TWiM #58: The brain microbiome?



Hosts: Vincent Racaniello, Michael Schmidt, and  Read More

TWiM 58 Letters

Daniel writes:


Dear Vincent and his fellow TWIMsters,

Hello, my name is Daniel, I am a first year graduate student at Michigan State. I would like to thank you all for making a great podcast. I recently caught up to the most current episodes by having my o... Read More

The wall of polio

The Polio Wall of Fame is a set of fifteen sculptured busts of 17 individuals who made important contributions to understanding and preventing poliomyelitis. The busts are mounted on an exterior wall of Founder’s Hall at the Roosevelt Warm Springs Institute for Rehabilitation in Warm Springs, Ge... Read More

Teen's biofuel invention turns algae into fuel

For a fifth-grade science fair, Evie Sobczak found that the acid in fruit could power clocks; she connected a cut-up orange to a clock with wire and watched it tick. In seventh grade, she generated power by engineering paddles that could harness wind. And in eighth grade, she started a project t... Read More

One Step Closer to a Vaccine for a Common Respiratory Disease

Young children and the elderly are especially susceptible to respiratory syncytial virus (RSV). The three-dimensional structure of respiratory syncytial virus has been solved by an international team from Finland and Switzerland.

RSV is a common cause of respiratory infection, but there is no... Read More

New Way to Improve Antibiotic Production

An antibiotic has been found to stimulate its own production. The findings, to be published in PNAS, could make it easier to scale up antibiotic production for commercialisation.

Scientists Dr Emma Sherwood and Professor Mervyn Bibb from the John Innes Centre were able to use their discovery ... Read More

New Research Backs Genetic 'Switches' in Human Evolution

A Cornell University study offers further proof that the divergence of humans from chimpanzees some 4 million to 6 million years ago was profoundly influenced by mutations to DNA sequences that play roles in turning genes on and off.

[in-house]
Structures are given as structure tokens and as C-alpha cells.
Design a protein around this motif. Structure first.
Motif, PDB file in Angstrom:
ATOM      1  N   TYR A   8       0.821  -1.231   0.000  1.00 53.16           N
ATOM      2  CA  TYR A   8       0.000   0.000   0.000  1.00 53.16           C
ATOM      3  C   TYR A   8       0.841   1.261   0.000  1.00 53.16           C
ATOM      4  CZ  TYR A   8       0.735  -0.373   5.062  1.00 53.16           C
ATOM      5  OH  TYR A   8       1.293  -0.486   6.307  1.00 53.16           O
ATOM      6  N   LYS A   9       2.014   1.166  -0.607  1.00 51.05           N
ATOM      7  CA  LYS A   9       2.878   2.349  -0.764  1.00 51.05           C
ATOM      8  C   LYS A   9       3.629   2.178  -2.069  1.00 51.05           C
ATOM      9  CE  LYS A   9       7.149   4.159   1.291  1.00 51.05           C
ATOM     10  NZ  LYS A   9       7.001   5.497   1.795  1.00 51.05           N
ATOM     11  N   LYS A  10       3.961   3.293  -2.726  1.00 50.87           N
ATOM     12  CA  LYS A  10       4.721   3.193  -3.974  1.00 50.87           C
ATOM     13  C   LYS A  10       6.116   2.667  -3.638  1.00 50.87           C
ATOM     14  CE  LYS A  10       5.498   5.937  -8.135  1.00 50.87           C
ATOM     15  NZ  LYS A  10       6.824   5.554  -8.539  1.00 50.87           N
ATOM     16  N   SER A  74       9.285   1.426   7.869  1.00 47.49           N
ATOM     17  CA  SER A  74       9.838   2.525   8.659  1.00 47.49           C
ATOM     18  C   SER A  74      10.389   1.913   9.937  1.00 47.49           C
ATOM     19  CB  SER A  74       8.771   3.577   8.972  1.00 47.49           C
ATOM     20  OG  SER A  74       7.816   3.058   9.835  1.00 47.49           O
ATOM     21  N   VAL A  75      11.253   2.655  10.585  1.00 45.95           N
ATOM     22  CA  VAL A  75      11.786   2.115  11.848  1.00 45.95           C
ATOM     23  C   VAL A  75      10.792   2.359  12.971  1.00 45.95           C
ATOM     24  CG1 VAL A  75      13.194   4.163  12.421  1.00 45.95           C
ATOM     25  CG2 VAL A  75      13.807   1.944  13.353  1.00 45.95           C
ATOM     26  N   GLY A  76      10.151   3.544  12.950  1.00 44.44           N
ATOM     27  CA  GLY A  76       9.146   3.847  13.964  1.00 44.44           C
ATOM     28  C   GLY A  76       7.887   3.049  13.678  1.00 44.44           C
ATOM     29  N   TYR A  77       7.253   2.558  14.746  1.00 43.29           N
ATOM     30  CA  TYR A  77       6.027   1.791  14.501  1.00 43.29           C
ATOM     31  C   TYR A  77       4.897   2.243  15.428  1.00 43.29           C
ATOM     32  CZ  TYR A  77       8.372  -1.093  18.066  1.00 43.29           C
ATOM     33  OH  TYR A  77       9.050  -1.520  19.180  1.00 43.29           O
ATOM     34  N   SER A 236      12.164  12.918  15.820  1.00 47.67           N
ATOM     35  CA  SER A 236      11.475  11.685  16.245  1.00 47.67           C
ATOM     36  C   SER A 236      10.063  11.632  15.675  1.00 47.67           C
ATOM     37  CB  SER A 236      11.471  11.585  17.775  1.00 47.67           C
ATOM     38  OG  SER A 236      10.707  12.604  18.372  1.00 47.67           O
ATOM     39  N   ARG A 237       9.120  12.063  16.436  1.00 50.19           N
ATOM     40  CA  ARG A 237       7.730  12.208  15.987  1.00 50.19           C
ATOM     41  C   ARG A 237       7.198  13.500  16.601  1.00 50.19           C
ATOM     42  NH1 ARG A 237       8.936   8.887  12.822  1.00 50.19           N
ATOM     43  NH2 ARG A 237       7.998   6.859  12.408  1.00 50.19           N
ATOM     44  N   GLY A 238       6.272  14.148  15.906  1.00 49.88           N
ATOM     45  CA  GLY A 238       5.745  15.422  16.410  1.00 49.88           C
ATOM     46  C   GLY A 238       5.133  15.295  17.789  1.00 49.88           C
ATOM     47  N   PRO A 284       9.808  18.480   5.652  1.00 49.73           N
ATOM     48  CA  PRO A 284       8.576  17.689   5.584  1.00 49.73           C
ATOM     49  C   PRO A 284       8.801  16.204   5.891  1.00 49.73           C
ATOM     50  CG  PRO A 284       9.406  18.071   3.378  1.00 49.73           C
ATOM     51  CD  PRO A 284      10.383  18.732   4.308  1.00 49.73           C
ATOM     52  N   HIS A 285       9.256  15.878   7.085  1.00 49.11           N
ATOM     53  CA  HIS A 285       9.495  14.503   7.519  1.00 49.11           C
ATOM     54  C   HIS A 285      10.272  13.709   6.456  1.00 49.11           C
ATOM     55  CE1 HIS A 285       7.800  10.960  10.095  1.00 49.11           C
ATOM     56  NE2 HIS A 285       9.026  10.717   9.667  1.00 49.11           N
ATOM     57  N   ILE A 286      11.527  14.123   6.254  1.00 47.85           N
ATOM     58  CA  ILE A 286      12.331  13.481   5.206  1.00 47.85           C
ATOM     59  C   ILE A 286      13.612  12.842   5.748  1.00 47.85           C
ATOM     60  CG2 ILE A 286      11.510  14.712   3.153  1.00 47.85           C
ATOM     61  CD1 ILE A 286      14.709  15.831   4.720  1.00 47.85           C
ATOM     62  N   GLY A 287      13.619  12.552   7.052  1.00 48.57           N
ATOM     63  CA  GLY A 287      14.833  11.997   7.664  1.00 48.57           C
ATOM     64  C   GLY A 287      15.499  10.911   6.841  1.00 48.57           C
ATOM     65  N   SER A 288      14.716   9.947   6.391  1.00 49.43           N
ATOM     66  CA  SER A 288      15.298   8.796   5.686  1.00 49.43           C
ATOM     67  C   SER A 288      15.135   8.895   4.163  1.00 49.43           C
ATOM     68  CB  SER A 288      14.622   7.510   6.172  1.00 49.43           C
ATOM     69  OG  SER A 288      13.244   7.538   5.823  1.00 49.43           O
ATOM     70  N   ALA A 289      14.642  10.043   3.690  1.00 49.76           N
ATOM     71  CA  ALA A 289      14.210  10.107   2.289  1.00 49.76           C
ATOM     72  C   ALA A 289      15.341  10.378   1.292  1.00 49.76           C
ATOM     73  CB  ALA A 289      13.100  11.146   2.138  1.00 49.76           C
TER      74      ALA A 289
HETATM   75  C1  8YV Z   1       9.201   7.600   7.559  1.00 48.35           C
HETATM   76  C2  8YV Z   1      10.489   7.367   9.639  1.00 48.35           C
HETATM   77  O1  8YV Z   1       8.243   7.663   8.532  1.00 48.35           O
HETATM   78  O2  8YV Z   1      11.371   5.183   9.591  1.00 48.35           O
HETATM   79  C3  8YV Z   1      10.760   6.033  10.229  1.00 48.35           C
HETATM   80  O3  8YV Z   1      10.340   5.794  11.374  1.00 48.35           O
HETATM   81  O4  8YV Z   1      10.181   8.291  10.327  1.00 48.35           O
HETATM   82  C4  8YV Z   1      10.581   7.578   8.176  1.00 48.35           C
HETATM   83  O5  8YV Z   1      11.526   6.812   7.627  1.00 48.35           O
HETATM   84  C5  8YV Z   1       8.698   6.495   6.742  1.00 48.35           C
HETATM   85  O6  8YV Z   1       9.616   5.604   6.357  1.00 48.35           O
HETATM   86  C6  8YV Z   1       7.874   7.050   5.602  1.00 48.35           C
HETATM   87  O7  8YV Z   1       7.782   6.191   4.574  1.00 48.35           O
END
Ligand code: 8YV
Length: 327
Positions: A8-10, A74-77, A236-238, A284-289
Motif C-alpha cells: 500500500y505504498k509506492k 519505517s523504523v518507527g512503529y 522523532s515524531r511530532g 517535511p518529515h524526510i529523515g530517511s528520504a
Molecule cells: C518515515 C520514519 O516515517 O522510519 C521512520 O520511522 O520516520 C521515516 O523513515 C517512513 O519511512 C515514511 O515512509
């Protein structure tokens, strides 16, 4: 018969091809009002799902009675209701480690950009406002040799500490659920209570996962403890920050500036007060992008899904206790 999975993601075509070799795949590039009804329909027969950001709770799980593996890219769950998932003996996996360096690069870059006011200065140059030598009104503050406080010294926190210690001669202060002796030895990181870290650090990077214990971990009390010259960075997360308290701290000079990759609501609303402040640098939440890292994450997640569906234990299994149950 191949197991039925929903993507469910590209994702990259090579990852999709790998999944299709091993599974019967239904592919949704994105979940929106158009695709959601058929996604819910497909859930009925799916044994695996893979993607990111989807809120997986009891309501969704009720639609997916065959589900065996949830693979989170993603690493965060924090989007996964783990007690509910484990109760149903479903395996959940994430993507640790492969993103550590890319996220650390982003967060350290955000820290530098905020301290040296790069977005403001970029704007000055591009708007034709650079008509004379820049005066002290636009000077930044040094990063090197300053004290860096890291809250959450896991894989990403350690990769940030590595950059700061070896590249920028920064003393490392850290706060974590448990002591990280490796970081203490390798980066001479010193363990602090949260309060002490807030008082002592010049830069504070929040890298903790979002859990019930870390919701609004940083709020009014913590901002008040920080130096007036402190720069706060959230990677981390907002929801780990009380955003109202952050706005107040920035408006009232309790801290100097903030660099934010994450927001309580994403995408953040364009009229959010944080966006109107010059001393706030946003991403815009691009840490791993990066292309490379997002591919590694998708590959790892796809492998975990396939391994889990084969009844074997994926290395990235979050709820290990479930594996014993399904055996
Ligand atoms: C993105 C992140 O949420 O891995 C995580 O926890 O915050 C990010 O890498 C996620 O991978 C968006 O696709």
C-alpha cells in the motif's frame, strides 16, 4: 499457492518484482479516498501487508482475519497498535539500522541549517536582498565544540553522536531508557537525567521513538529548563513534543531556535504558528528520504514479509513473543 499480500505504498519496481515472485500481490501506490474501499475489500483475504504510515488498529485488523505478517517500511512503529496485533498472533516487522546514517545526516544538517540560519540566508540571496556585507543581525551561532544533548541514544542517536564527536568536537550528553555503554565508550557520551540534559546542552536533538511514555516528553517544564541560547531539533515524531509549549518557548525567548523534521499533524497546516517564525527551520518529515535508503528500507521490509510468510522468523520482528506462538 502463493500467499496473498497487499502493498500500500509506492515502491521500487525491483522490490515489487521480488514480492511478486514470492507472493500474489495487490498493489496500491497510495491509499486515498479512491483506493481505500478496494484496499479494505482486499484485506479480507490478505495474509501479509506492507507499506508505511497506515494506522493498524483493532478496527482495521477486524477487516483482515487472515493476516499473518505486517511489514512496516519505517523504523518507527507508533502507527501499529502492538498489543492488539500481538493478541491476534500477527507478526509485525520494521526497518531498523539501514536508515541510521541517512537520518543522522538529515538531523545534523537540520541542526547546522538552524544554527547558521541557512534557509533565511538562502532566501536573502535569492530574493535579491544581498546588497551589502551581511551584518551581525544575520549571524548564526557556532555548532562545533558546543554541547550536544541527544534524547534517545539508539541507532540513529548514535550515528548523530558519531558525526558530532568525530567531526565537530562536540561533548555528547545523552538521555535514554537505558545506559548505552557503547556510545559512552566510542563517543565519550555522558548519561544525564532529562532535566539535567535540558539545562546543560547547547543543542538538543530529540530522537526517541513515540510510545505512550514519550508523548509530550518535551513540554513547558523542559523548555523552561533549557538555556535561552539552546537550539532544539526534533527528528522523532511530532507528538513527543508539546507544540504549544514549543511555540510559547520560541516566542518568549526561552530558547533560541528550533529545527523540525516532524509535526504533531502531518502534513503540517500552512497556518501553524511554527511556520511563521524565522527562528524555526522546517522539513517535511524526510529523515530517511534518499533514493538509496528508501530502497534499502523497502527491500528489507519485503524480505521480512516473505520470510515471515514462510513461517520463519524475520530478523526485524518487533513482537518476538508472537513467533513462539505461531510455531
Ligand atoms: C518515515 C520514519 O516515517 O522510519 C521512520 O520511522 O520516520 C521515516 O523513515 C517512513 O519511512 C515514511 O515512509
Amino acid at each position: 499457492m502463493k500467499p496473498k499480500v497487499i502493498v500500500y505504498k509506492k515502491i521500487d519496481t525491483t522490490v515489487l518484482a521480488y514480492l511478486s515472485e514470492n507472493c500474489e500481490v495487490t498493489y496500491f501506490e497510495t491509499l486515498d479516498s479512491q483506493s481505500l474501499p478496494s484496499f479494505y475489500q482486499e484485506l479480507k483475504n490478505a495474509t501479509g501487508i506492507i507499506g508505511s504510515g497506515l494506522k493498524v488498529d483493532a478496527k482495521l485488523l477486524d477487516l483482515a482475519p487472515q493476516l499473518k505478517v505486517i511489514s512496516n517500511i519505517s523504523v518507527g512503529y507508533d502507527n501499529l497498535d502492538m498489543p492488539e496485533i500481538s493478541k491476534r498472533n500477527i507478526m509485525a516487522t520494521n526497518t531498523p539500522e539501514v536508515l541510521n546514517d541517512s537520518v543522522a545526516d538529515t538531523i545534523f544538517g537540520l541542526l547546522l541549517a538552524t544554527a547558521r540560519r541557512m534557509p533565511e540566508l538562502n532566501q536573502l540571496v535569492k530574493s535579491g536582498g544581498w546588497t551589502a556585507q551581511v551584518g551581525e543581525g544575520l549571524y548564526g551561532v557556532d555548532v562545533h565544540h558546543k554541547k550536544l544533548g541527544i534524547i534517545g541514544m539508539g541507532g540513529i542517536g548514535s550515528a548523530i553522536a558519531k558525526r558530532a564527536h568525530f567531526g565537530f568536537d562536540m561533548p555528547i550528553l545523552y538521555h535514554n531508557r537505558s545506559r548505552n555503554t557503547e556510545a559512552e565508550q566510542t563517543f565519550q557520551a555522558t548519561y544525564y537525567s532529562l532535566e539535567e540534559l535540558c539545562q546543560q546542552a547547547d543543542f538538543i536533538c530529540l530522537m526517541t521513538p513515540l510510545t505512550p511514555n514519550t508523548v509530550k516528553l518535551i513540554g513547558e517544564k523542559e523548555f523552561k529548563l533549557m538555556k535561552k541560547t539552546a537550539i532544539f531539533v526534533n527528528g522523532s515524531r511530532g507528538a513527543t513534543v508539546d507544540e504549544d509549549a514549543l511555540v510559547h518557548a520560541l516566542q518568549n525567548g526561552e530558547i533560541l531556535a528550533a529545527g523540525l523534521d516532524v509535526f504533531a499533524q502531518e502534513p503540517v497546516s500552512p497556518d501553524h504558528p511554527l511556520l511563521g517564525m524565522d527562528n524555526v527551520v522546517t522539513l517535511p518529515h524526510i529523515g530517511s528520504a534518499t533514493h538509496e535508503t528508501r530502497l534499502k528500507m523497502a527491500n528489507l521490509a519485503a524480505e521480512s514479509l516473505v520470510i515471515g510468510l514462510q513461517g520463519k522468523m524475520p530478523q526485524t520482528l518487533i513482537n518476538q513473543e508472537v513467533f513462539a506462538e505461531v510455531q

The study, published June 9 in Nature Genetics, provides ev... Read More

Researchers engineer synthetic pathways for new antibacterial treatments

Bacteria, for the most part, thrive in extreme temperatures and in arid conditions. But some types of bacteria have the capacity to do this and more: they grow within diverse environments and adapt easily. One such species is the Bacillus subtilis. Known to make its home in soil and in water, re... Read More

New virus discovered in patients with central nervous system infections: an infection from livestock?

Patients in Vietnam and other locations with central nervous system infections may well be suffering from the effects of a newly discovered virus. Researchers have detected a virus they're calling CyCV-VN in spinal fluid from 4% of 642 patients with central nervous system infections of unknown c... Read More

More MERS virus deaths in Saudi Arabia

Four more people have died from the MERS virus in Saudi Arabia, bringing the death toll from the SARS-like virus in the kingdom to 32, the health ministry has said.

A statement on the ministry's website said on Monday two people had died in the western city of Taif and the other two were pron... Read More

Interactive Handwashing Advice

Pharmaceutical experts NSF DBA have created an interactive guide to hand washing.
Read More

American Society for Microbiology
2012 1752 N Street, N.W. • Washington, DC 20036-2904 • (202) 737-3600

Copyright © American Center for Microbiology 2012. All Rights Reserved.